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On the dissents in the Comer dismissal



Russell Jackson of Skadden Arps reports at his Consumer Class Action and Mass Torts blog on the Fifth Circuit's quorum difficulties in Comer v. Murphy Oil, the lawsuit claiming damages for global warming. On Friday, the Fifth Circuit effectively dismissed the original lawsuit because a late recusal had deprived the court of its quorum for en banc consideration of the suit.  

"This, of course, creates a tremendous mess for those seeking to appeal to the U.S. Supreme Court.  And it threatens to overshadow the underlying substantive legal issues with a potpourri of procedural arguments," Jackson writes in "Fifth Circuit Punts on Global Warming En Banc Appeal."

Jackson says the views of the dissenting judges foreshadow the arguments the Comer plaintiffs will make in appealing to the U.S .Supreme Court. He concludes:

You can bet that the certiorari petitions to the U.S. Supreme Court will be chock full of arguments as to why the Fifth Circuit was wrong not to decide the Comer appeal. But the real underlying question remains more important: Do victims of natural disasters have standing to sue a subset of those who allegedly contribute to "climate change" based on the hypothesis that the disaster might have been milder if the ocean had been a few degrees cooler? The causal chain on such climate change theories are simply too attenuated to support legal standing. And the sooner we get a definitive ruling from the Supreme Court on that issue, the better off we'll be.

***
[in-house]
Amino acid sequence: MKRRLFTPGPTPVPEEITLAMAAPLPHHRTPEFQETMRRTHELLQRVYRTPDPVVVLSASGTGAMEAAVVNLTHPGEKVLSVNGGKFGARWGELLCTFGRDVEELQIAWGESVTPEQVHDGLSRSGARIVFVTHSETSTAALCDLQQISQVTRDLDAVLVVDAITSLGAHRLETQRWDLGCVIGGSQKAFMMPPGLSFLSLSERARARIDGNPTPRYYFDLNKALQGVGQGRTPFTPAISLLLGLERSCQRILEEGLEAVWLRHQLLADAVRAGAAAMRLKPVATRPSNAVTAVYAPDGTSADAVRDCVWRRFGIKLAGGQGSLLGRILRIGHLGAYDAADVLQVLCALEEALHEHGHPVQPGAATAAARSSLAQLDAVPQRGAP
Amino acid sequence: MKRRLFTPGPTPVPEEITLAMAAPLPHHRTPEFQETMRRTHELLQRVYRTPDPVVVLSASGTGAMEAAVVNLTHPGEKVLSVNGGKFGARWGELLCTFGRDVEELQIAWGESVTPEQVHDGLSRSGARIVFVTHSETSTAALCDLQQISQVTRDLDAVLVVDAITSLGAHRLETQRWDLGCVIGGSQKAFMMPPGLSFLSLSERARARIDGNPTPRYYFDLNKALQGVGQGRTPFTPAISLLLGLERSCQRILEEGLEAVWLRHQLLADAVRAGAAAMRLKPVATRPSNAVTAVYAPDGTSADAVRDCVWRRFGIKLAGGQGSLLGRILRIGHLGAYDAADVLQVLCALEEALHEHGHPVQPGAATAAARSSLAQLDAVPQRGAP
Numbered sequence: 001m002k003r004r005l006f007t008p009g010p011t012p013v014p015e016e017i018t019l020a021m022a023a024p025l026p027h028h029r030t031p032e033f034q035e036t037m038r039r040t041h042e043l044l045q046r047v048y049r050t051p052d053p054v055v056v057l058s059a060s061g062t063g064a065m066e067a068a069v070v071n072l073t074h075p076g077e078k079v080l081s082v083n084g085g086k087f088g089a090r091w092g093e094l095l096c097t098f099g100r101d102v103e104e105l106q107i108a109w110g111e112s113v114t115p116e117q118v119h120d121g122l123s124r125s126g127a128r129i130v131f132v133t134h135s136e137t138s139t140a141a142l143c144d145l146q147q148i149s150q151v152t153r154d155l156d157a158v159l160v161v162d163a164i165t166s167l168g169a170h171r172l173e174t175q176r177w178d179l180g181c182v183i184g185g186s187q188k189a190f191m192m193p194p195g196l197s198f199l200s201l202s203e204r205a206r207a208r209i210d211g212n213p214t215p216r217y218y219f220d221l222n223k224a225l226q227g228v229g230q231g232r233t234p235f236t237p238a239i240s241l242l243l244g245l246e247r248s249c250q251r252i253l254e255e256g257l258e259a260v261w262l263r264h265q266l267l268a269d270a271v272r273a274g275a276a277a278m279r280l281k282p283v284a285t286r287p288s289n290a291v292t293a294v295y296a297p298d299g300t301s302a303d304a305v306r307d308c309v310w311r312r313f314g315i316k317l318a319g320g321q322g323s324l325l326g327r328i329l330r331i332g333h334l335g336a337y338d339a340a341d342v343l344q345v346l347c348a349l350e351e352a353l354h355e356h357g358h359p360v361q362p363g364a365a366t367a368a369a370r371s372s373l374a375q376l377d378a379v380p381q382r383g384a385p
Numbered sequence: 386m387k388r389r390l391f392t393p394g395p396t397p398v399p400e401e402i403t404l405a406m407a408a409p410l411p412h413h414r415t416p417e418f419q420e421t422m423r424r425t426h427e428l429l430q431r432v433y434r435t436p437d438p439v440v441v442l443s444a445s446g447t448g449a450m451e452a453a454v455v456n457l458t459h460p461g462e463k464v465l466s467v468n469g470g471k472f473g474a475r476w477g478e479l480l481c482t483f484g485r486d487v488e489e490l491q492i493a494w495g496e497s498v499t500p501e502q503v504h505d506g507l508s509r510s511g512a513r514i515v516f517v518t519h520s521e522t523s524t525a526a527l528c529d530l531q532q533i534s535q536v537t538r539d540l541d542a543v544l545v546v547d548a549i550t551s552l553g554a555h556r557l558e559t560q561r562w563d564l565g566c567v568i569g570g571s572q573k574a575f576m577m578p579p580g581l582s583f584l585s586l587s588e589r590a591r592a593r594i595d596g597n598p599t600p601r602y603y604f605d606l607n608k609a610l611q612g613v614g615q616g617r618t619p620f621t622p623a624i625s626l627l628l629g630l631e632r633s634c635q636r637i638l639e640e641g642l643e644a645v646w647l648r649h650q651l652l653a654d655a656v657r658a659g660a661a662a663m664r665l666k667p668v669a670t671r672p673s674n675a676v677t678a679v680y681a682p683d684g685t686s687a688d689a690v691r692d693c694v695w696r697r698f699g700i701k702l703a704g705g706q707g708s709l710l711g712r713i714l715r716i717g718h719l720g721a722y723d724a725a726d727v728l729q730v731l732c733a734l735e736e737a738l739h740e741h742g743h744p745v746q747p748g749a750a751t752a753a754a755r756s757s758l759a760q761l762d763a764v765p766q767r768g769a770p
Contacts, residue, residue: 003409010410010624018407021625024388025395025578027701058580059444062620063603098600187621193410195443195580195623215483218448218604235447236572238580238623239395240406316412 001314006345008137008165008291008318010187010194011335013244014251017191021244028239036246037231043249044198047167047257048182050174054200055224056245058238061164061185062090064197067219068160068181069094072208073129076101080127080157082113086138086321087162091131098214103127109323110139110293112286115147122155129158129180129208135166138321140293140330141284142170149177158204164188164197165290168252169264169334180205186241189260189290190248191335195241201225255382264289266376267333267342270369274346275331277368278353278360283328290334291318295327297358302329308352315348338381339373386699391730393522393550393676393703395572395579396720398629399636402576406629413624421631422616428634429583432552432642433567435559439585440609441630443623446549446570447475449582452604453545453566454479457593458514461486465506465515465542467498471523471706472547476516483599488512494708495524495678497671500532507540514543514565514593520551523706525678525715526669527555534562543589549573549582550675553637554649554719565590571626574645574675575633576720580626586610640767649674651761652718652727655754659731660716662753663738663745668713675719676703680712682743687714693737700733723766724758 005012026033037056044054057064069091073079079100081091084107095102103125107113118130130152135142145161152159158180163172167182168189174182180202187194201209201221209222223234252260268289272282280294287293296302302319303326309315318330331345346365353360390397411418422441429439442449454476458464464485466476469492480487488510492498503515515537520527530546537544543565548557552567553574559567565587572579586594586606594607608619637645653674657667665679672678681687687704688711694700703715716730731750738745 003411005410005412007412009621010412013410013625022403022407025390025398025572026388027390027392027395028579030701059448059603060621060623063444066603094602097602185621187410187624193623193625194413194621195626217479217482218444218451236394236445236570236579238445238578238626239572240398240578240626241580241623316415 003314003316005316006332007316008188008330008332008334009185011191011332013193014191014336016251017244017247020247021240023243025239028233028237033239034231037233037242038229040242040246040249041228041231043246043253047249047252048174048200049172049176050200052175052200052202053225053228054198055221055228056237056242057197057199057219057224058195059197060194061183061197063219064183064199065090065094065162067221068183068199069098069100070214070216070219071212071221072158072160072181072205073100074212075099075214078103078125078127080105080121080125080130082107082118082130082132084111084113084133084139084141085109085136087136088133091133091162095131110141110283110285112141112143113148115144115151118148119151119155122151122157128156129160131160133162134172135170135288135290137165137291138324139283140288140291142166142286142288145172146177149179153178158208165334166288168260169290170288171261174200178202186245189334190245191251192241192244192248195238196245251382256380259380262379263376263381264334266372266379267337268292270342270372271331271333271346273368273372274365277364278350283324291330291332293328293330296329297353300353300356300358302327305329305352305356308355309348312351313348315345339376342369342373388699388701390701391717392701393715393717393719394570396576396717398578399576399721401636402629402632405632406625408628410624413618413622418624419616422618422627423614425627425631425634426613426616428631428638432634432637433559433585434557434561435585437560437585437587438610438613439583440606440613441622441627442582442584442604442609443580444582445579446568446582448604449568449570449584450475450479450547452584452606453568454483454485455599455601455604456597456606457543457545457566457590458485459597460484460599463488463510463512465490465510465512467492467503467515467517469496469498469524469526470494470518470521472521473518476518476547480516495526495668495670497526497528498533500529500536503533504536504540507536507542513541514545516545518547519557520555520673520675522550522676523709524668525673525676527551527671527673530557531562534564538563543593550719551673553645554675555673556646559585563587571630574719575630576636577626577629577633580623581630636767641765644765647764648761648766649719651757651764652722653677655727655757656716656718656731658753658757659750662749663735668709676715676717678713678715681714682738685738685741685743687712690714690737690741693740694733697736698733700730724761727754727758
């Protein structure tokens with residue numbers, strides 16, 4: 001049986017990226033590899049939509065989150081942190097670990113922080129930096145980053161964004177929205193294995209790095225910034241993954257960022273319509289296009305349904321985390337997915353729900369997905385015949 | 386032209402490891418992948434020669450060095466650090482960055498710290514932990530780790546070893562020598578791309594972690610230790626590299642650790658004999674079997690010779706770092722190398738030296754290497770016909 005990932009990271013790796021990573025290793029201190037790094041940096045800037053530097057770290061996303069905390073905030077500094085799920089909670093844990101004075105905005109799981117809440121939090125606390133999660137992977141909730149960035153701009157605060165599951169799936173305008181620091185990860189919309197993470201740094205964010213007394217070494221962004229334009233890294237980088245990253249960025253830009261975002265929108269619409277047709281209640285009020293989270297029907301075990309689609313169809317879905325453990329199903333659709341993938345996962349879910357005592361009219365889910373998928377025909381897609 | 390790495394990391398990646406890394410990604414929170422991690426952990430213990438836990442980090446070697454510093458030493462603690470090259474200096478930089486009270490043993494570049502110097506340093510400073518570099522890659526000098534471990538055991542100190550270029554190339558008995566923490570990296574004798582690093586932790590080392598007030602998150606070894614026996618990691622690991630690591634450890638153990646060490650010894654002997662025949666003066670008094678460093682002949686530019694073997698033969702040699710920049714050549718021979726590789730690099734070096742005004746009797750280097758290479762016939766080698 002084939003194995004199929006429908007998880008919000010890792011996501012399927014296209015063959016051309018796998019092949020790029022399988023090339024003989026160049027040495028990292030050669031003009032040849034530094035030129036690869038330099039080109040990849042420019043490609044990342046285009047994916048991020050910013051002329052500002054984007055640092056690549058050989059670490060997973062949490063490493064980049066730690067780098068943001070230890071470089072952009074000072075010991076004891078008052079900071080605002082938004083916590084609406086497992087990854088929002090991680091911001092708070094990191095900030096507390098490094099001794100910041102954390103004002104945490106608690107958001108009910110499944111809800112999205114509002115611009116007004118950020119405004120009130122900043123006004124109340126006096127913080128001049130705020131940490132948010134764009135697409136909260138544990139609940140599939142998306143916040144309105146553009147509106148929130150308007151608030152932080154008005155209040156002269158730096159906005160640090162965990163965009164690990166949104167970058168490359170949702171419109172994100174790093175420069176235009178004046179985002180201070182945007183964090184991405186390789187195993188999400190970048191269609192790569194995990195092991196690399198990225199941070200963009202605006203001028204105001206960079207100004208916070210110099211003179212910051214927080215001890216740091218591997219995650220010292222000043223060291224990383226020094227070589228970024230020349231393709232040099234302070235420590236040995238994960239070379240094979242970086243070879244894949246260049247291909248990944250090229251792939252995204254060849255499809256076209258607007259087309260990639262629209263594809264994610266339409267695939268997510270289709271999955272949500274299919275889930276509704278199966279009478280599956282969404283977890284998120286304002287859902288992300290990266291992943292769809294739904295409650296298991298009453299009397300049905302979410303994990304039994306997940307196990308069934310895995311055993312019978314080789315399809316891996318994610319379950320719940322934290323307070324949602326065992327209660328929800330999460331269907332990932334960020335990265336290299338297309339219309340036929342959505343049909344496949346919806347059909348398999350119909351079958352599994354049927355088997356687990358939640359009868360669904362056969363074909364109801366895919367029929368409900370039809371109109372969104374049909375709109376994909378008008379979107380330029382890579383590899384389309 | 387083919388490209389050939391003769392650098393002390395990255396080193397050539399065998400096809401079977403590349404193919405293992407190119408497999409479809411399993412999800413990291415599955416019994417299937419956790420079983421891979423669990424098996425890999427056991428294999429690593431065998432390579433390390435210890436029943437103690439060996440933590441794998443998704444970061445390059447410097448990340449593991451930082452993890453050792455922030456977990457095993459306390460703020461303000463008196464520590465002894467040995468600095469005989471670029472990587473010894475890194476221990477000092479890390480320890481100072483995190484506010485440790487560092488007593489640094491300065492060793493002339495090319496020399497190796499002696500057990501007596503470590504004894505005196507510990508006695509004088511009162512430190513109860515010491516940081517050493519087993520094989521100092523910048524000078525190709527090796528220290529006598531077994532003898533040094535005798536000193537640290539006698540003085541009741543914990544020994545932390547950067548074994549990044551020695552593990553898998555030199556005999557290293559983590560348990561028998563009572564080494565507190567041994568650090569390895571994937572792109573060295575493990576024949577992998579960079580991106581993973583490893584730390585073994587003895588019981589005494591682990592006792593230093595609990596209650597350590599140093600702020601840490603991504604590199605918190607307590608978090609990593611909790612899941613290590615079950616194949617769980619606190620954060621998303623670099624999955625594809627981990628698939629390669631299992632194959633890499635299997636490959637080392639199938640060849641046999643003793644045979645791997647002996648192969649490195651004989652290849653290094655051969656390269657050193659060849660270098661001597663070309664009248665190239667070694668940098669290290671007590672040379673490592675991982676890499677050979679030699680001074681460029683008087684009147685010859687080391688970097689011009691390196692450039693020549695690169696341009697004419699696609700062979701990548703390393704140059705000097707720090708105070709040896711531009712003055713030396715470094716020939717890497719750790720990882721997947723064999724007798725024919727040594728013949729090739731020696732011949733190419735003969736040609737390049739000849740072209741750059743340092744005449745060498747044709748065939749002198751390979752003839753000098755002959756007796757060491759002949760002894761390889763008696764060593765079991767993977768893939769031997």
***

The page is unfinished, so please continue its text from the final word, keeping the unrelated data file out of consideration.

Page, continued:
Earlier posts here.

UPDATE (1:40 pm.): AP's report today misses the news, that the original lawsuit had been vacated.

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Isaac Gorodetski
Project Manager,
Center for Legal Policy at the
Manhattan Institute
igorodetski@manhattan-institute.org

Katherine Lazarski
Press Officer,
Manhattan Institute
klazarski@manhattan-institute.org

 

Published by the Manhattan Institute

The Manhattan Insitute's Center for Legal Policy.